Investors in a bear market are like children on a road trip, always asking if we're there yet. For investors, the "there" is a market bottom, not a long promised amusement park. Last week's stock market rally, which saw the Standard & Poor's 500-stock index gain 11%, spurred renewed hope that we might be there at last—at a true market bottom.
Not so fast. Technical analysts—who use charts and indicators like market breadth and trading volume to discern whether investors will be buying or selling—urge caution. The bounce has been "perfect," says independent technical analyst and author Ryan Litchfield. But it may be nearing its end.
For starters, the market was due for a breather. While mutual funds may warn that past performance doesn't predict the future, technical analysts rely on the market behavior to remain largely consistent, and that includes lengths of bounces and drops. Since January, nearly every market move—up or down—has lasted between four and six days. Part of this is human psychology. After four up days in a row, says Litchfield, "traders get nervous. They don't want to be the last one at the party."
Support and Resistance
But the market also had some help. At first glance, the S&P 500 didn't do much on Mar. 16, when it dropped 2.7 points, or 0.35%. But for technical analysts, the intraday trading was interesting for what didn't happen: namely, the big-cap benchmark didn't trade above 780.
What's so important about 780? Technicians look for a level of support, or a "bottom"—a price that a falling stock does not trade below. They also identify a level of resistance, or a "top"—a price that rising shares won't trade above. And they look for recurrences of these levels.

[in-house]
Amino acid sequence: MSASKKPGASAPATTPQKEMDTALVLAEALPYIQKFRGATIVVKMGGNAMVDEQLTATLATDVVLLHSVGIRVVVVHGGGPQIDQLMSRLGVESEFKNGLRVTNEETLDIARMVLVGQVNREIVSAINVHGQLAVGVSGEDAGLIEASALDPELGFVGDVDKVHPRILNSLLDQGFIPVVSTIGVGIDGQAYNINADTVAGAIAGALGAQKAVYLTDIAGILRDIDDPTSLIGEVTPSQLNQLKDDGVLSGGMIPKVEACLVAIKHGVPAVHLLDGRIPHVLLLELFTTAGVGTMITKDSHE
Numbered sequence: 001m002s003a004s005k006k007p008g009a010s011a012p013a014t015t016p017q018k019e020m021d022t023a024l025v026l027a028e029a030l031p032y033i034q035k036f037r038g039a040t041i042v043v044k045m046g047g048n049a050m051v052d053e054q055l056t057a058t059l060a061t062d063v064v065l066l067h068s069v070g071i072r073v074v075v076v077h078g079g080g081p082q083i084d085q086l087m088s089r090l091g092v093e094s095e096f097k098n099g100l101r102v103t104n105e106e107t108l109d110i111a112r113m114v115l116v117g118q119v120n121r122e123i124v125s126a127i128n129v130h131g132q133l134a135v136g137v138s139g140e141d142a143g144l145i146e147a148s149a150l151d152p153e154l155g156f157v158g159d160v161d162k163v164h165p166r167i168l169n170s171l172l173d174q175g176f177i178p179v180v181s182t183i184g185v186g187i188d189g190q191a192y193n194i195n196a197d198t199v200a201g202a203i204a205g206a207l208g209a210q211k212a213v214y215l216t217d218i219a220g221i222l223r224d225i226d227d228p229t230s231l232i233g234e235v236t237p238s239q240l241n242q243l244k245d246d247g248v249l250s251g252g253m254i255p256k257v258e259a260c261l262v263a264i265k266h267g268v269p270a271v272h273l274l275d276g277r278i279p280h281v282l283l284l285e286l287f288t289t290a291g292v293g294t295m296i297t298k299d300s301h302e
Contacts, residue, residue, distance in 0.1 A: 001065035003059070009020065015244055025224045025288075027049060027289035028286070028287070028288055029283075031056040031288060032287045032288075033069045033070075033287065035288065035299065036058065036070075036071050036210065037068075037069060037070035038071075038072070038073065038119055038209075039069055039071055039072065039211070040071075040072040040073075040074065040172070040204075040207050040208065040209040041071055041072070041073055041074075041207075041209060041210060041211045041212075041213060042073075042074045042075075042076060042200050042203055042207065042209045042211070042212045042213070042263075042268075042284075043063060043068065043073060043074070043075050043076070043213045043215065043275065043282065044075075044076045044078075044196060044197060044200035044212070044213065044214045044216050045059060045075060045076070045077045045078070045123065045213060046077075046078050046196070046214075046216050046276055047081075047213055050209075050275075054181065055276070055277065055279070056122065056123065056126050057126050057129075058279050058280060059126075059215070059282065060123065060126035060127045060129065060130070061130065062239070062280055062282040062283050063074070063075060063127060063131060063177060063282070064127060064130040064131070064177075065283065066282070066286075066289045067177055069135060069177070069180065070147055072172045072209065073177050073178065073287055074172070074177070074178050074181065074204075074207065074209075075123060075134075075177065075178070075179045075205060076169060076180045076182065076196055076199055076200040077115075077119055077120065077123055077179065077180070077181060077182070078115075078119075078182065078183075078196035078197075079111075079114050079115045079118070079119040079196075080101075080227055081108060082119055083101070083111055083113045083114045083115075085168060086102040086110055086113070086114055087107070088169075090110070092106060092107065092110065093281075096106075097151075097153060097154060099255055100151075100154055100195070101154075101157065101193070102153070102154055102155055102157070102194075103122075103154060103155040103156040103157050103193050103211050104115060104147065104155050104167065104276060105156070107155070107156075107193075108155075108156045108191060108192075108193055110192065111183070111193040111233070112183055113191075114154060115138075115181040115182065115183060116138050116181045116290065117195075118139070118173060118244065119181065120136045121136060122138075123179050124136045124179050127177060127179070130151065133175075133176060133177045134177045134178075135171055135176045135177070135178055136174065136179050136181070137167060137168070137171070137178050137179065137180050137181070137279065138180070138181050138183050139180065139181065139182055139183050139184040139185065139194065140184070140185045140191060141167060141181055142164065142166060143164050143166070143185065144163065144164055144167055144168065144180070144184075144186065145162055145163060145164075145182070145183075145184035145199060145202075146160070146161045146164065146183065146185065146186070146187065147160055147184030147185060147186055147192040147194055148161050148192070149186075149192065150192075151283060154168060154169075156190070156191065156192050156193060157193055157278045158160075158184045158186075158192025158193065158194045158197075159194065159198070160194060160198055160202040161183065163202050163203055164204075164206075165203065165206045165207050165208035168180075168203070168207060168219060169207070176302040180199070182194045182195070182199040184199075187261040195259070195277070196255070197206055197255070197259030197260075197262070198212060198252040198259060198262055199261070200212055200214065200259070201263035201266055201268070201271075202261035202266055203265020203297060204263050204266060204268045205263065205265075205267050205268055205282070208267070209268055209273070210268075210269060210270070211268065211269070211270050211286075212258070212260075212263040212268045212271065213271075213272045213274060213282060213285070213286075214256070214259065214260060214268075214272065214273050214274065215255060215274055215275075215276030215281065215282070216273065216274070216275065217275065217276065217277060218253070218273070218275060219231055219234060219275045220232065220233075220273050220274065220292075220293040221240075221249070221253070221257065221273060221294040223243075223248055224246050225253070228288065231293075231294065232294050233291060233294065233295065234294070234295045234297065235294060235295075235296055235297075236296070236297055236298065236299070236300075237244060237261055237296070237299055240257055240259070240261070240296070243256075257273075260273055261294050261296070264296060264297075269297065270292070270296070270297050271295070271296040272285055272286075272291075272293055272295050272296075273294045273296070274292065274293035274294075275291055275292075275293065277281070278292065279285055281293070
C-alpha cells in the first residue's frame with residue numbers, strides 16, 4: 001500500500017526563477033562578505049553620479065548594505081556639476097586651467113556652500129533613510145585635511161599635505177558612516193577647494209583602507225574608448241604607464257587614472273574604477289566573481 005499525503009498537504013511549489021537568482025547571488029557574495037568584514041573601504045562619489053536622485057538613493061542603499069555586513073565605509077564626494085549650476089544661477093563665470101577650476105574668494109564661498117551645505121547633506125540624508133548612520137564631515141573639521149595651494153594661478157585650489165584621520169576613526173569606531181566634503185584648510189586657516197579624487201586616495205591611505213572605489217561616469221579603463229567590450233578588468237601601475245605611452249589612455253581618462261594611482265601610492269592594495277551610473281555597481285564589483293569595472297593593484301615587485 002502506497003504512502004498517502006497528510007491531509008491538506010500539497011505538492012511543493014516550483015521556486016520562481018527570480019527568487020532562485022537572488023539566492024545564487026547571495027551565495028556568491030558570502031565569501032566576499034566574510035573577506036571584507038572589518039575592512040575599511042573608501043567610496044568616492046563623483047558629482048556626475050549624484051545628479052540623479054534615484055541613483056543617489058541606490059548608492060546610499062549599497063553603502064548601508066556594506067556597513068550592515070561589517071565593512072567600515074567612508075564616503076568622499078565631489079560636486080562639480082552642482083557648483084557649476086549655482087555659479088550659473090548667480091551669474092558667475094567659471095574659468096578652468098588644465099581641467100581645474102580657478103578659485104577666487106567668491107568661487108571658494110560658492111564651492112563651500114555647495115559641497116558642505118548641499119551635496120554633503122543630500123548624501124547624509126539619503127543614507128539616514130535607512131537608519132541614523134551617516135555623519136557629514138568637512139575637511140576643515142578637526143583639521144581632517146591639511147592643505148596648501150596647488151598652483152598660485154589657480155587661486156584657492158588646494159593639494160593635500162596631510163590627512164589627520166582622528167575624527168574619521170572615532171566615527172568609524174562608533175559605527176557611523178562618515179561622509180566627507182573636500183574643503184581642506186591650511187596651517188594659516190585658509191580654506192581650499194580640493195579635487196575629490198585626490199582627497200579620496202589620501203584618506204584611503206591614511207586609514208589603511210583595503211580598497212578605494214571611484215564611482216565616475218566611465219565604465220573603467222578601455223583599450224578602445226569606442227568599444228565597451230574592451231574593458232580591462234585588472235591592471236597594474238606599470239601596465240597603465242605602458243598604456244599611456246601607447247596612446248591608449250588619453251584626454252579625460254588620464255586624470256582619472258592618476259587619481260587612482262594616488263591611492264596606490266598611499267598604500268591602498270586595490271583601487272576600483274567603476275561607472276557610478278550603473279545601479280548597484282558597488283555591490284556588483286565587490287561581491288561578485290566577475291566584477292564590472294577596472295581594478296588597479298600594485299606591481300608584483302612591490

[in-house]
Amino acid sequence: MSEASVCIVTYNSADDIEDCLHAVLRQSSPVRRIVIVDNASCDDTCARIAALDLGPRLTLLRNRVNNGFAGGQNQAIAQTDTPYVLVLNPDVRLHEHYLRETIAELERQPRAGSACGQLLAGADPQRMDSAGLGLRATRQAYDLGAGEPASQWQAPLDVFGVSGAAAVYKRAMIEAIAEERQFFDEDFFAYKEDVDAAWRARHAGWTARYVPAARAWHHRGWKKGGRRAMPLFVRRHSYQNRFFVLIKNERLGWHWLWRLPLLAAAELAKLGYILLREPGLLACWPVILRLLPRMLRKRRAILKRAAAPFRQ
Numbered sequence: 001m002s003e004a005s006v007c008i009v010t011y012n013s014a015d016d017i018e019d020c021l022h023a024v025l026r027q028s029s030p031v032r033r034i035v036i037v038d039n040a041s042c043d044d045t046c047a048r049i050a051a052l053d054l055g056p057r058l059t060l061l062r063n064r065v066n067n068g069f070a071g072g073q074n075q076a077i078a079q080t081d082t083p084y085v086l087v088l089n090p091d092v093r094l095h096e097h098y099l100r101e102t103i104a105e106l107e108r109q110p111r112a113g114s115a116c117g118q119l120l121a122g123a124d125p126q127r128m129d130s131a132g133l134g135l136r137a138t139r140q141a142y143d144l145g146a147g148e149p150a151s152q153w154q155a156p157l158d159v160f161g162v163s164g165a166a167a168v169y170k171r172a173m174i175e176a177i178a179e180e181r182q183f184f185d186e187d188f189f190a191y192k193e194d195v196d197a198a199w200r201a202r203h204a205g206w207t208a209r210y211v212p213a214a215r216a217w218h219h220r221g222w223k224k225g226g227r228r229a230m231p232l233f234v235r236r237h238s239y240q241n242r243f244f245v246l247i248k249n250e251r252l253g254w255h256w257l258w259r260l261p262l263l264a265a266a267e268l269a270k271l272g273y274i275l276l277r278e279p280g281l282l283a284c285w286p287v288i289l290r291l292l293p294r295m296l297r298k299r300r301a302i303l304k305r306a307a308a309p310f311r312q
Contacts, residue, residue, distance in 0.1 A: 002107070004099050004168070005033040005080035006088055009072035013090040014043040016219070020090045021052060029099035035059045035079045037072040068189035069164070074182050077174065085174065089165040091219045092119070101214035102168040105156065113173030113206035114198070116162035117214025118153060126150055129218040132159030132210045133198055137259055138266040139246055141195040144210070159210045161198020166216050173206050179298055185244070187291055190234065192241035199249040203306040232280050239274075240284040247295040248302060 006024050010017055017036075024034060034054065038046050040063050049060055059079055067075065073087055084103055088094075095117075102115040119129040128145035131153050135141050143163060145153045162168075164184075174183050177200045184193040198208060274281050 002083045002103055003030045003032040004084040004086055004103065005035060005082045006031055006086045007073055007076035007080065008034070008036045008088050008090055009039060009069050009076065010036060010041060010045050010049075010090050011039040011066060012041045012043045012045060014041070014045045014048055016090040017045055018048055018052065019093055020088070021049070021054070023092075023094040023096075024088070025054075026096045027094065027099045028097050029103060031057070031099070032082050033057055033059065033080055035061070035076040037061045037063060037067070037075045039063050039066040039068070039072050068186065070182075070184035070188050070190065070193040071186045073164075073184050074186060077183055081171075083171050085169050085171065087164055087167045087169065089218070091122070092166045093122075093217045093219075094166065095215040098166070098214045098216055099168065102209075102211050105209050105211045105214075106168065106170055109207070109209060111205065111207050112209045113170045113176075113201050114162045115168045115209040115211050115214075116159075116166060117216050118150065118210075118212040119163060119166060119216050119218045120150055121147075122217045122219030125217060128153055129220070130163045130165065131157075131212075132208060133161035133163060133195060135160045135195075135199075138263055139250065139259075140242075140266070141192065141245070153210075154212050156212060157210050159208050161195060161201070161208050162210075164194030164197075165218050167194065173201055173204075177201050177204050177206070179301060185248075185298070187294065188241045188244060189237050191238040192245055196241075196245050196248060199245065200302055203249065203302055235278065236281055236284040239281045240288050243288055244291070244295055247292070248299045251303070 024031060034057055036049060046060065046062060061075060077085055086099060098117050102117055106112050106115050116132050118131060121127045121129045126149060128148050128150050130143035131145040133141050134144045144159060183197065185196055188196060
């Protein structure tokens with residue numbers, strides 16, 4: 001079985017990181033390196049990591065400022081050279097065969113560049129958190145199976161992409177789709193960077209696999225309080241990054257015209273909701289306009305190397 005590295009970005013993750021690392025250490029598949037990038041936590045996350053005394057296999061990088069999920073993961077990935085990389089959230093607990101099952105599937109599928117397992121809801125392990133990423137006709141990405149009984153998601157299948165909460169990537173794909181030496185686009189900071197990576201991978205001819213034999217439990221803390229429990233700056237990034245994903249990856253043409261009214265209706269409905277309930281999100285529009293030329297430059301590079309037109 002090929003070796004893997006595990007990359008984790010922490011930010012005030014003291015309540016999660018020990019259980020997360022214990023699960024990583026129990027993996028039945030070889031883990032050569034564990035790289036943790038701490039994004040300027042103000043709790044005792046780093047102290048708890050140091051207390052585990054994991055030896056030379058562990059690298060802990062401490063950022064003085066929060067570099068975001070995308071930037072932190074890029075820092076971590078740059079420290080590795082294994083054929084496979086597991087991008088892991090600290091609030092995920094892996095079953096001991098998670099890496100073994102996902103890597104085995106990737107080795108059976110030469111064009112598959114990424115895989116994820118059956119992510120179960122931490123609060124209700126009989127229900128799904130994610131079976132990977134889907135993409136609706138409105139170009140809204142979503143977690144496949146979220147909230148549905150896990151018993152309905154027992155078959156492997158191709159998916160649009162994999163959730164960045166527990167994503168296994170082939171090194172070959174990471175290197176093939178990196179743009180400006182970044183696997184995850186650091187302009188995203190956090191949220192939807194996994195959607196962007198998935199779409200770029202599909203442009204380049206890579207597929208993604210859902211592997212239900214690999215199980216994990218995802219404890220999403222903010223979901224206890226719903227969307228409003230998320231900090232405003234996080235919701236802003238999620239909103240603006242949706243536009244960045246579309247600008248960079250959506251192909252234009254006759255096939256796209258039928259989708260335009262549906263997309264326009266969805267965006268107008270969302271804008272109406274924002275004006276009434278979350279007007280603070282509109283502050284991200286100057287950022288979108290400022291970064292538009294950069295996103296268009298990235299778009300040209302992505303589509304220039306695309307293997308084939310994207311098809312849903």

Just before the 22% drop in February, the market tried five times to close above 780, but each time it fell back. Twice on Mar. 16, traders pushed the S&P 500 as high as 775. Each time the market fell back, the last time dropping 21 points to close at 753. For the market to go higher, it will have to break 780. "That's the technical line in the sand," says Barry Ritholtz, CEO and director of equity research at FusionIQ and a widely followed blogger.
Looking at Trendlines
But if 780 is a line in the sand for the S&P 500, 805 might be a brick wall. If the market does manage to nudge higher, many investors burned in the recent downturn will use rebounding stock prices as a selling opportunity.
Technical analysts draw straight lines between market tops to create what is known as a trendline, and for the current portion of a bear to end, the market will have to break above that 805 line. Not many technicians expect it to—at least not yet. Mark Arbeter, a technical analyst at Standard & Poor's, sees the S&P 500 breaking 780—but, he wrote in a Mar. 13 report, he expects the index to hit a wall of resistance at 805 and retest the February market lows at 677.
Ritholtz, too, isn't getting too optimistic. "Right now, this is just a bounce, a bear-market rally," he says. This market is guilty until proven innocent."
Levisohn is a staff editor at BusinessWeek covering finance and personal finance.